Four new gas-fired turbines at Drax power station have been approved by the UK government – against a ruling from its Planning Inspectorate.
The turbines are to replace coal-fired units, but the inspectorate said they should be blocked because of their impact on climate change.
Environmentalists argued that emissions from the turbines would contribute to breaching climate targets.
But the government said fossil fuel generation will still be needed.
It said the planning system shouldn’t make decisions on the issue.
Environmentalists say the announcement suggests the government is not serious in its pledge to become a zero carbon economy.
The original decision from the inspectorate took into account climate change concerns for the first time.
It heard that the new gas plant would produce as much as 75% of all the emissions projected for the electricity sector.
The inspectors concluded this would undermine UK climate policies. They also noted that several other gas generation projects had been approved already.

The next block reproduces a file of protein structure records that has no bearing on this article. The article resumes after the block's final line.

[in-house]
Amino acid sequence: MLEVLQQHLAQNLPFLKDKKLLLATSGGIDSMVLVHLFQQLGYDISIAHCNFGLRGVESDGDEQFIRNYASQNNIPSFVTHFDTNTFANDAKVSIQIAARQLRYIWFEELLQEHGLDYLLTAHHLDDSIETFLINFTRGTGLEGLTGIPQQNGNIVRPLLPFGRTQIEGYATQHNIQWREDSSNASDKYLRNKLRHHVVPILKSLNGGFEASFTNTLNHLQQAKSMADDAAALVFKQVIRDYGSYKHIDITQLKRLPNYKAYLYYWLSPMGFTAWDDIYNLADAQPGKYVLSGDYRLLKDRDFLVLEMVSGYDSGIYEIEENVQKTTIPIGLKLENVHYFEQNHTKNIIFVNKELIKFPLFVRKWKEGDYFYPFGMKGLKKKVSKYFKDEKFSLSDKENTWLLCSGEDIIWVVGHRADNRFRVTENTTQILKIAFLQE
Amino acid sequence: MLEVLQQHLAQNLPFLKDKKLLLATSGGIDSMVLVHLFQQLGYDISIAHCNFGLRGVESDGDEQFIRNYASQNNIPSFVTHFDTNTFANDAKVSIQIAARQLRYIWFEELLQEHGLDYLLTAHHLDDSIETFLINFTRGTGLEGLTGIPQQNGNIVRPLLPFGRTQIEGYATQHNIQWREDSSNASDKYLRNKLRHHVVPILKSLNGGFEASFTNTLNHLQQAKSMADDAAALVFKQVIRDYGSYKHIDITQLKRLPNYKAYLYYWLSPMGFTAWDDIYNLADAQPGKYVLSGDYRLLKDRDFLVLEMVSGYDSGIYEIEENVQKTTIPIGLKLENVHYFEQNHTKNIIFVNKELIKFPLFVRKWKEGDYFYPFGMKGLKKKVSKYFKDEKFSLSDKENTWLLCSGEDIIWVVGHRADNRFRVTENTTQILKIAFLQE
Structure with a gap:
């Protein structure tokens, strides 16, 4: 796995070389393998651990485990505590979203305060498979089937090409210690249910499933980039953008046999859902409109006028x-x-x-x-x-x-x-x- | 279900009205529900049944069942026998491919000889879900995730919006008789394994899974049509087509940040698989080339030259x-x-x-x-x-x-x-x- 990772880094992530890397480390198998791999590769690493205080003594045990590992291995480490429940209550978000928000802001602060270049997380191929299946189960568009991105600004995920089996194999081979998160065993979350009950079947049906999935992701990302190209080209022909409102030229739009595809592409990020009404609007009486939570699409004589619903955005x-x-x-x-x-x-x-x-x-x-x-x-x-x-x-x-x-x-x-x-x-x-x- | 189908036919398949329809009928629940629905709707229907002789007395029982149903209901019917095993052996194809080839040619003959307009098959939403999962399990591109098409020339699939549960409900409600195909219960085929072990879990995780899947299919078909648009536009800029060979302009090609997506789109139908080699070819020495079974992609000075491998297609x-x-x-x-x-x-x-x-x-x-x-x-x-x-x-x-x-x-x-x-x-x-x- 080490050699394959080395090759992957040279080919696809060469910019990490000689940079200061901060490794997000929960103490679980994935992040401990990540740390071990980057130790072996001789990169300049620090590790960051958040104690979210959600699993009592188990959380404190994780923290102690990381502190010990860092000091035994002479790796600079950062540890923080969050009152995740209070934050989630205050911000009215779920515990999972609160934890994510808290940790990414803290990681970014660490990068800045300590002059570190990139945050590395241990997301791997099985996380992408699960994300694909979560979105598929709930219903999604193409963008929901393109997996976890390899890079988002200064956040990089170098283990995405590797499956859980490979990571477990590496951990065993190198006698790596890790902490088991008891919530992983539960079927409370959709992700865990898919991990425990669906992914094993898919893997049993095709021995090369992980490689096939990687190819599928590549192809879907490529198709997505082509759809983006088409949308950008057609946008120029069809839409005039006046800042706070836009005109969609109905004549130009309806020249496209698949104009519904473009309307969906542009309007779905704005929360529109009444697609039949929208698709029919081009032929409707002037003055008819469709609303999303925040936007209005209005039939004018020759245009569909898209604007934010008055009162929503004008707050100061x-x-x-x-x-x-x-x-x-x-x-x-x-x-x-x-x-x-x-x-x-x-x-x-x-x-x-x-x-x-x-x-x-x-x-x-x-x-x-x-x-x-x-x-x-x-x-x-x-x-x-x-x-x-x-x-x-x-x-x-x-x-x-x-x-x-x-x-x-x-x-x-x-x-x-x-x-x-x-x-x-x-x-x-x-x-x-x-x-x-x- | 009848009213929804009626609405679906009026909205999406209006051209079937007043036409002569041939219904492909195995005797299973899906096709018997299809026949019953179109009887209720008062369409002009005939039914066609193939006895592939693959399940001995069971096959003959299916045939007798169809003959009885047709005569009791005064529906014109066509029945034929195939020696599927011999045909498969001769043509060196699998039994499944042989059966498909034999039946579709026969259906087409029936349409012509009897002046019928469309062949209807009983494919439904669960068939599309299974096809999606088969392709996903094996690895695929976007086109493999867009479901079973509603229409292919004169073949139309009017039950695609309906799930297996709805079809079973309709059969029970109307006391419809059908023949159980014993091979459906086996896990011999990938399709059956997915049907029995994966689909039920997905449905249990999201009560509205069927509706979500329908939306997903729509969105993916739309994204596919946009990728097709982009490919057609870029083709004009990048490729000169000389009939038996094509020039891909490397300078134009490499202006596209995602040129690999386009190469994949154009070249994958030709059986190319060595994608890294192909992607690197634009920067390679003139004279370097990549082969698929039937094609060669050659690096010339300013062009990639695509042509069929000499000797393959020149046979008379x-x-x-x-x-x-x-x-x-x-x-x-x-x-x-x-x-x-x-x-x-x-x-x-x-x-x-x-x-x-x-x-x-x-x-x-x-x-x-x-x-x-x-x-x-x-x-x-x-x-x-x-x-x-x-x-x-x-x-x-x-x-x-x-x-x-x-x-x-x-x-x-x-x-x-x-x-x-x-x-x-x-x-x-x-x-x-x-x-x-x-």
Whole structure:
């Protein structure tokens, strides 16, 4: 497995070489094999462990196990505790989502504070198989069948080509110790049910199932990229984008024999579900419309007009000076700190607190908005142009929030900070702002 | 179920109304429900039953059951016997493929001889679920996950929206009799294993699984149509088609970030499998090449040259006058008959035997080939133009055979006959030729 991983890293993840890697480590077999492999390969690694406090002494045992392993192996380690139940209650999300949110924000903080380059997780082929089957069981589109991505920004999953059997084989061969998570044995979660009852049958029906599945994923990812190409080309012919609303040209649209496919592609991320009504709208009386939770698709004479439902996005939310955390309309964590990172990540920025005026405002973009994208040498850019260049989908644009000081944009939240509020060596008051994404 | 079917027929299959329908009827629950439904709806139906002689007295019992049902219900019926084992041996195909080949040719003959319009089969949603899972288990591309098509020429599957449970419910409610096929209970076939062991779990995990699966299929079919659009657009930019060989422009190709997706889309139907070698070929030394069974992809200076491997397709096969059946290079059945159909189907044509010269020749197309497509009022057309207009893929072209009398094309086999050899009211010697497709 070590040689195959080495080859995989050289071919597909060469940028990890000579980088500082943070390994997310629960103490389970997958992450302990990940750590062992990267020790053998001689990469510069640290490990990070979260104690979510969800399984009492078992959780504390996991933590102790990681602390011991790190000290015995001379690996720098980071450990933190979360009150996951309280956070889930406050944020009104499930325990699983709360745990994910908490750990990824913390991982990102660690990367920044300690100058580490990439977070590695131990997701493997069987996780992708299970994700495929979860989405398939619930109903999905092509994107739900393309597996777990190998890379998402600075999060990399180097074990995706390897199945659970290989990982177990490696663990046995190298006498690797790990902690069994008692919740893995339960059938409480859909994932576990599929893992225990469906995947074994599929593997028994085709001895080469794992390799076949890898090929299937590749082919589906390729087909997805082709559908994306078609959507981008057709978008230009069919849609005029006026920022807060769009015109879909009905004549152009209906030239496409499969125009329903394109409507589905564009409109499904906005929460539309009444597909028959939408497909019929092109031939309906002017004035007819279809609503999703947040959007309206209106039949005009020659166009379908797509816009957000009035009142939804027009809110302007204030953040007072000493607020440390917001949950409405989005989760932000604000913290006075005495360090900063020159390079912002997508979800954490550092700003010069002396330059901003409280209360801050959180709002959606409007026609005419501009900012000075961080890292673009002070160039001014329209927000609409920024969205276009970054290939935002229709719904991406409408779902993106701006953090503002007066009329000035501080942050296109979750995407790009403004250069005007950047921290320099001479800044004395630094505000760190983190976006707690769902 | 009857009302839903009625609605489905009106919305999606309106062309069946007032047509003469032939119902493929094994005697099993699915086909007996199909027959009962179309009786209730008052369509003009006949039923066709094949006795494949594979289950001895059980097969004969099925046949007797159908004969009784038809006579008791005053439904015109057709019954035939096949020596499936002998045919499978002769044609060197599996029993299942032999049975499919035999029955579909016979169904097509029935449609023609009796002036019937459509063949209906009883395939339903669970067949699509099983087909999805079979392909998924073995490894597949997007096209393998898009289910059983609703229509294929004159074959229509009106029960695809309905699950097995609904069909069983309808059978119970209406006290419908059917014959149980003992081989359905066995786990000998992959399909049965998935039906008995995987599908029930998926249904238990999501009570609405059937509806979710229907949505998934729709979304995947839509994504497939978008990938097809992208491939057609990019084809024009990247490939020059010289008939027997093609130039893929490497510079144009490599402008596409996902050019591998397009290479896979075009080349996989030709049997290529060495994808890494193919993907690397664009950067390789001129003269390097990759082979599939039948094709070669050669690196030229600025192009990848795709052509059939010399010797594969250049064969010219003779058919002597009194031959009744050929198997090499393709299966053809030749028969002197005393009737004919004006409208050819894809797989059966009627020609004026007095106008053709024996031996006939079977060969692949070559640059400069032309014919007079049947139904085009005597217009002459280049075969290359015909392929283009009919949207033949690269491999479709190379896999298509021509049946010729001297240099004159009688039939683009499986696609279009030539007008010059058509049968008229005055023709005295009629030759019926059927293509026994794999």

But in a letter, Andrea Leadsom, Secretary for Business, Energy and Industrial Strategy, said the other projects might not go ahead.
She said she took into account energy security and affordability, as well as carbon emissions.
Some fossil fuels would be needed, especially to balance out intermittent power from renewables, she said. The secretary also noted that Drax would have substantial battery storage.
And the new gas plant would be engineered to allow carbon capture equipment to be fitted in the future.
'Carbon budget blowout'
Environmentalists point out that carbon capture technology has been available for decades, but barely used.
The green legal group ClientEarth said the approval of Drax would take the industry’s carbon emissions way over their projected limit.
The group's lawyer, Sam Hunter Jones, said: “The UK has already (approved) more gas capacity than the government’s own forecasts estimate will be required through to 2035.
“Approving Drax’s plant risks a carbon budget blowout, a huge stranded asset requiring propping up by the taxpayer, or a combination of the two.”
The decision comes as Extinction Rebellion protestors are blockading streets demanding tougher action on climate change.
The government is meeting current climate targets but veering away from medium-term goals.
Last week, the energy regulator, Ofgem, confirmed that the rate of decarbonisation slowed last year, when it’s supposed to be accelerating.
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